To control our spending, we have to understand that desires are infinite. It’s only natural that as we earn more, our expenses increase: we want a better car, a bigger house, better clothes, to go to better restaurants. This behaviour will lead anyone to ruin, no matter how rich they may be. Why is that? Because desires are infinite. There’s always going to be something new, more expensive, that we’re going to want to buy. Before you buy anything, always think of the rule of spending less than you earn. This is how we set the spending for our desires, and also content ourselves with living a life in which desires might not be fully satisfied.

There is a type of expense that falls into a special category – mortgages. A piece of advice is to try and own your own home, so that you don’t end up spending your life paying rental fees.

This piece of advice is something that needs to be evaluated carefully, as it’s not an absolute rule. Firstly, there’s no point in taking out a mortgage if the interest rates are ridiculously high. It might make more sense to rent for longer until you find a fair price. Here’s another thing to take into consideration: more and more new generations want mobility. Buying the first property they see might stop them from being able to meet new opportunities in their lives.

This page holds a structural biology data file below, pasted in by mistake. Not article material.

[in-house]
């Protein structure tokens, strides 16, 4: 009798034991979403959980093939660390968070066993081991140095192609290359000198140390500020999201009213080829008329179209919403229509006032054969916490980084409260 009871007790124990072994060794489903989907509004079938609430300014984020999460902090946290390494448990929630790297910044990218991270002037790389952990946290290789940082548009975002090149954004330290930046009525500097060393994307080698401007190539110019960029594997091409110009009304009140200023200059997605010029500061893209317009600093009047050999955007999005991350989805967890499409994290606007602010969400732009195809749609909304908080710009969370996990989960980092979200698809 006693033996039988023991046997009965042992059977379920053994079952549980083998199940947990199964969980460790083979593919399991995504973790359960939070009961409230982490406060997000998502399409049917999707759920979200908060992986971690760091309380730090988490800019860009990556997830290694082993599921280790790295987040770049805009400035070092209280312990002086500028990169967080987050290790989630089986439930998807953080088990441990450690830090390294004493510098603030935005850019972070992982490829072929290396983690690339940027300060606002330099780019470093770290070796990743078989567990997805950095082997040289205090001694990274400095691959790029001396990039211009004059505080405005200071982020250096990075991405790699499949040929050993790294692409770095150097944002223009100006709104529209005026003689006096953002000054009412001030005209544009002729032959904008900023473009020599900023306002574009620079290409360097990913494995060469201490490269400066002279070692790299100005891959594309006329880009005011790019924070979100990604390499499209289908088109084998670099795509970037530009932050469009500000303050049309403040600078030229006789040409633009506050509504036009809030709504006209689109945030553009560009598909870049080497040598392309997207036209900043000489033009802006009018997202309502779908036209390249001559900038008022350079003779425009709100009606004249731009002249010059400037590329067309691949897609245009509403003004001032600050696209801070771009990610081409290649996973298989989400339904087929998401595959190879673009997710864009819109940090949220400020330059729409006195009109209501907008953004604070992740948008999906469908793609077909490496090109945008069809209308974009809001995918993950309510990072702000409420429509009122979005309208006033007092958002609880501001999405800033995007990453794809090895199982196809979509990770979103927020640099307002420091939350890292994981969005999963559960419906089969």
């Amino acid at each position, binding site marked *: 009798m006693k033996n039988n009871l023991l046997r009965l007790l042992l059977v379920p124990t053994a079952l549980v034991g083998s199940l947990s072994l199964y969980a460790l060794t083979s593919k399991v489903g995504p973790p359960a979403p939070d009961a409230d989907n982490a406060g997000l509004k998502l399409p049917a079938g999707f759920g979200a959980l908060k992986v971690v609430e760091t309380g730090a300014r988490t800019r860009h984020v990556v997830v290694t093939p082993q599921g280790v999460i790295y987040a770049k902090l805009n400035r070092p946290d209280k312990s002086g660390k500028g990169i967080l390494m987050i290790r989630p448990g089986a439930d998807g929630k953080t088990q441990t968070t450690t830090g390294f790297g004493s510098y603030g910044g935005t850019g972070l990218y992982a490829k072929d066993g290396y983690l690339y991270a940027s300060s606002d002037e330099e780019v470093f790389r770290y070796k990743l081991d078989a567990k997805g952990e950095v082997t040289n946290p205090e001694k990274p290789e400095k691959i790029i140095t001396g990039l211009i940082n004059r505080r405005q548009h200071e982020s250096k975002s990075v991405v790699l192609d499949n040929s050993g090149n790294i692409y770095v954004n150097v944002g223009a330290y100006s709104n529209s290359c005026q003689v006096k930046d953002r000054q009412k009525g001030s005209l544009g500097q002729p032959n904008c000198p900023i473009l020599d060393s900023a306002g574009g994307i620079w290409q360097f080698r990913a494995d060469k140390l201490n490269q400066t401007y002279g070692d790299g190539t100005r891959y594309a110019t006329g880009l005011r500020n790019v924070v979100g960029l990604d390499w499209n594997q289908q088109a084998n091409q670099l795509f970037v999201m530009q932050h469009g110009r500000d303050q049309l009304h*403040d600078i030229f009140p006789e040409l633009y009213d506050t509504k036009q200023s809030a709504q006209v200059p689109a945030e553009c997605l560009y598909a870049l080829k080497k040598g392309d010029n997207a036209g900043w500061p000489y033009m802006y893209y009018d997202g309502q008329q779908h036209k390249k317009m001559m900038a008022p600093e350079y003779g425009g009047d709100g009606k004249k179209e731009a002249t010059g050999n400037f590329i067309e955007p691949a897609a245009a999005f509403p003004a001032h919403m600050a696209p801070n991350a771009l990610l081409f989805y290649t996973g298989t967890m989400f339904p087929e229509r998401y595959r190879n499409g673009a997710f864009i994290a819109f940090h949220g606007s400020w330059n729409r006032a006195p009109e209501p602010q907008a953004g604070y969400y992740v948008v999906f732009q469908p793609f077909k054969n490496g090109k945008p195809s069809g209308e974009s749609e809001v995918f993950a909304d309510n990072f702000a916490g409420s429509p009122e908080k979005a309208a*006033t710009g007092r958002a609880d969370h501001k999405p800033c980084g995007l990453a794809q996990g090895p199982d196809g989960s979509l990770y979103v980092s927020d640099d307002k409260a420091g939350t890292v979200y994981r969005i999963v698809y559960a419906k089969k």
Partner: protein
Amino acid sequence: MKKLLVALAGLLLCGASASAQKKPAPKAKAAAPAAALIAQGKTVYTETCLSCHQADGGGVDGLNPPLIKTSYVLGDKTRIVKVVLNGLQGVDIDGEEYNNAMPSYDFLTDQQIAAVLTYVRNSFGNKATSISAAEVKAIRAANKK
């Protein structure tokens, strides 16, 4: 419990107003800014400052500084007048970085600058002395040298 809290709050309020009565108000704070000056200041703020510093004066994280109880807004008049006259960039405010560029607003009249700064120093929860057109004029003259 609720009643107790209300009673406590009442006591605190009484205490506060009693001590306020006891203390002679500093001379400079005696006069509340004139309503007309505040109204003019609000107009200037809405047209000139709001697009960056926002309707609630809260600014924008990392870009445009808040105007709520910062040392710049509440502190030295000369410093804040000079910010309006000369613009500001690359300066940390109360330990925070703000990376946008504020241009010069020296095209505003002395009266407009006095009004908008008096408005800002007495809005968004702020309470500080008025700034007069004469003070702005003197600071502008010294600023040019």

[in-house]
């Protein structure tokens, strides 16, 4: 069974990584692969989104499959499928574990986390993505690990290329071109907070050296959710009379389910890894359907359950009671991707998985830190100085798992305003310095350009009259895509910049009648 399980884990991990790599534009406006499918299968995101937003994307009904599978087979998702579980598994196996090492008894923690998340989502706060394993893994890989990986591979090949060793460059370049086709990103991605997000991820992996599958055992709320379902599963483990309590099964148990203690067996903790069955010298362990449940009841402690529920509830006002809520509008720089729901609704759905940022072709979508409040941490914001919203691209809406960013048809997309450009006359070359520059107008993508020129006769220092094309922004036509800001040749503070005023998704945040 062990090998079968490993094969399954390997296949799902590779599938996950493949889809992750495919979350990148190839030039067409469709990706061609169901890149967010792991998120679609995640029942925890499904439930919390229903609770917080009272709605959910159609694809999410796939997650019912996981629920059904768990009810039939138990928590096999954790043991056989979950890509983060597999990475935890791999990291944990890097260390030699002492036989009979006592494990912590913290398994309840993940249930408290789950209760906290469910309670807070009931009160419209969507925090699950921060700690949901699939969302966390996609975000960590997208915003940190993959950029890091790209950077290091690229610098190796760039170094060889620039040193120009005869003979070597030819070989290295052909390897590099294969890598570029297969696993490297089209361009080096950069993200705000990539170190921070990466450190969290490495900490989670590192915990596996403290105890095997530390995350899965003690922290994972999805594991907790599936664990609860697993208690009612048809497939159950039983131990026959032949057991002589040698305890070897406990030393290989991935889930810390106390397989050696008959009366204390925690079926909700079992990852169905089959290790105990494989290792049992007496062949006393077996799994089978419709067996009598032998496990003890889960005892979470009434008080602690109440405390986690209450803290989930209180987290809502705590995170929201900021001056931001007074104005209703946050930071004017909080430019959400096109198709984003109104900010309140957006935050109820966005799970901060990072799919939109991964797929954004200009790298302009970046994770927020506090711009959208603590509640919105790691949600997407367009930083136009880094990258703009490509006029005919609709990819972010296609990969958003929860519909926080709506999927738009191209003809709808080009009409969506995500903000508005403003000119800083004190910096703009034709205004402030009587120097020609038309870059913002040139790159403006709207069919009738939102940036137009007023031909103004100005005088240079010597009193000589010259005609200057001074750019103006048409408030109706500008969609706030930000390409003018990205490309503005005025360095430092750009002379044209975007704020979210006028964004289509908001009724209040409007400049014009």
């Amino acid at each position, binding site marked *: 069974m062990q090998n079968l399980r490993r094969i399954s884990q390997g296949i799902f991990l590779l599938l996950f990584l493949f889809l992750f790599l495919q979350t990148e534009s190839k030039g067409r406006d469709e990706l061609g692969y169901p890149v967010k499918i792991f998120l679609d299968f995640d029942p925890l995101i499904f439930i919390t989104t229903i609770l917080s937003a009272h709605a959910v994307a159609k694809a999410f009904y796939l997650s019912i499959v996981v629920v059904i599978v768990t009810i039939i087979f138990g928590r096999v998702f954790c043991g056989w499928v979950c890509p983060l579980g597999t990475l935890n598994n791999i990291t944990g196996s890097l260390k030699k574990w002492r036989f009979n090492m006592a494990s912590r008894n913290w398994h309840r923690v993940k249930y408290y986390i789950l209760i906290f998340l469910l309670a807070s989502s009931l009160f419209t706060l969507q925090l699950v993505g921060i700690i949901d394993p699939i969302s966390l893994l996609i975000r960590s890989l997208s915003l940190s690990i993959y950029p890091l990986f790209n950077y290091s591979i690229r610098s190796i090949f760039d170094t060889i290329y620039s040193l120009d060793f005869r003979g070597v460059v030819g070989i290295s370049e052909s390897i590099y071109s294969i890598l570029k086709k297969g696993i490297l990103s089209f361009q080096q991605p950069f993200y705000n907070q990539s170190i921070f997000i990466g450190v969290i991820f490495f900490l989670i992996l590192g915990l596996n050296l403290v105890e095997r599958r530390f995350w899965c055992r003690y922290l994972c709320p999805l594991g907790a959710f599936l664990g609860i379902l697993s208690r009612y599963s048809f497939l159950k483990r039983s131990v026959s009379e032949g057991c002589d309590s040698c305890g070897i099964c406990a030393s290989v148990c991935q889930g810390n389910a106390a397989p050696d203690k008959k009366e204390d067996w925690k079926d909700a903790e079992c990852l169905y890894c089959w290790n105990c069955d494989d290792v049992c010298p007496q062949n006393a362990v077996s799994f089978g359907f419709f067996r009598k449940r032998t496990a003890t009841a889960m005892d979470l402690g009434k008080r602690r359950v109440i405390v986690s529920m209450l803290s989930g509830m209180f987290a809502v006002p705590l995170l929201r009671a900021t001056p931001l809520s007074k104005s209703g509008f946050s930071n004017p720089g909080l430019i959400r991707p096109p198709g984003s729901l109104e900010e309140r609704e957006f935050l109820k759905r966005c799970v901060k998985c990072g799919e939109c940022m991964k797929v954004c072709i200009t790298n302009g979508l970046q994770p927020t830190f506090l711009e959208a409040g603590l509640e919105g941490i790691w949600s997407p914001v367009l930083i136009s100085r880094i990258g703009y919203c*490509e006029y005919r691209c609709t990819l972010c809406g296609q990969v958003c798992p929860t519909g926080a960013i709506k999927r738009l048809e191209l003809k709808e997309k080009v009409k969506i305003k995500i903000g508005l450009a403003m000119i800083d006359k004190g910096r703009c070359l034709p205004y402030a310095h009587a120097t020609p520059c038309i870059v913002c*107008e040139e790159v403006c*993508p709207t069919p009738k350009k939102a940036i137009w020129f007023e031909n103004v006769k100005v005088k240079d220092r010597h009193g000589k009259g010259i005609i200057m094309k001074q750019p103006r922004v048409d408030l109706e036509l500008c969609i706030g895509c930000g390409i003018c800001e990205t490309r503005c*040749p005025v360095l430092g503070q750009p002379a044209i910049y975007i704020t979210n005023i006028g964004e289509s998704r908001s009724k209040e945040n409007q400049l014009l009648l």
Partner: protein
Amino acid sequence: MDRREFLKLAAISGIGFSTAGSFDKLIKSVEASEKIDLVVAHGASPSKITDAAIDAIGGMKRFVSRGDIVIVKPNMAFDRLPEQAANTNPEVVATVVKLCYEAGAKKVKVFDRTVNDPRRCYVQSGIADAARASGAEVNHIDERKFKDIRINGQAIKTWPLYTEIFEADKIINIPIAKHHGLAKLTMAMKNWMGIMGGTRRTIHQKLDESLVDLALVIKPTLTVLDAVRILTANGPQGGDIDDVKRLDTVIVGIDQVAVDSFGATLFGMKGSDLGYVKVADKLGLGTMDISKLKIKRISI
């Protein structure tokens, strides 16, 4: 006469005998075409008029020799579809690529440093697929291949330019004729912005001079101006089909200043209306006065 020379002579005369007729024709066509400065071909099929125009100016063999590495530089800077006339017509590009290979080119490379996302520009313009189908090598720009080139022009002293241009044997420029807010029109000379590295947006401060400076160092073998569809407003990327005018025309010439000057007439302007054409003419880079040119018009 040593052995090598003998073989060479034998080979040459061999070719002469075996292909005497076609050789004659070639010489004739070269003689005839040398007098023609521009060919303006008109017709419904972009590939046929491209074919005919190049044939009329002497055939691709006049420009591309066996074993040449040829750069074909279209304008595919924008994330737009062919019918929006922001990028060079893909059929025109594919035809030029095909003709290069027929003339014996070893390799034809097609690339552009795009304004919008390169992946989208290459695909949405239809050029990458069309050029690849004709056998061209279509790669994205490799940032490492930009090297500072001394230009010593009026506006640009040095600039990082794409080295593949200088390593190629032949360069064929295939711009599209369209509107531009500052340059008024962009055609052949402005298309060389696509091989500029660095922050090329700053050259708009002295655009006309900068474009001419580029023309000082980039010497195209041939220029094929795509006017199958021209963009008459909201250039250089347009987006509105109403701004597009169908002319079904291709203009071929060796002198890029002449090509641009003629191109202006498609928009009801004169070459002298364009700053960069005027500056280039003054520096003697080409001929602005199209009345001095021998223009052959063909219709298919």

On the other hand, when the property is well chosen, usually in an area that is lacking in infrastructure and benefits, and therefore has a good potential for greater urbanisation, it’s a type of investment that tends to value a lot. A well-maintained property can be a valuable financial asset.


2. Make good choices. Just consider counsels of people who know what they’re talking about. From experienced and well-meaning people.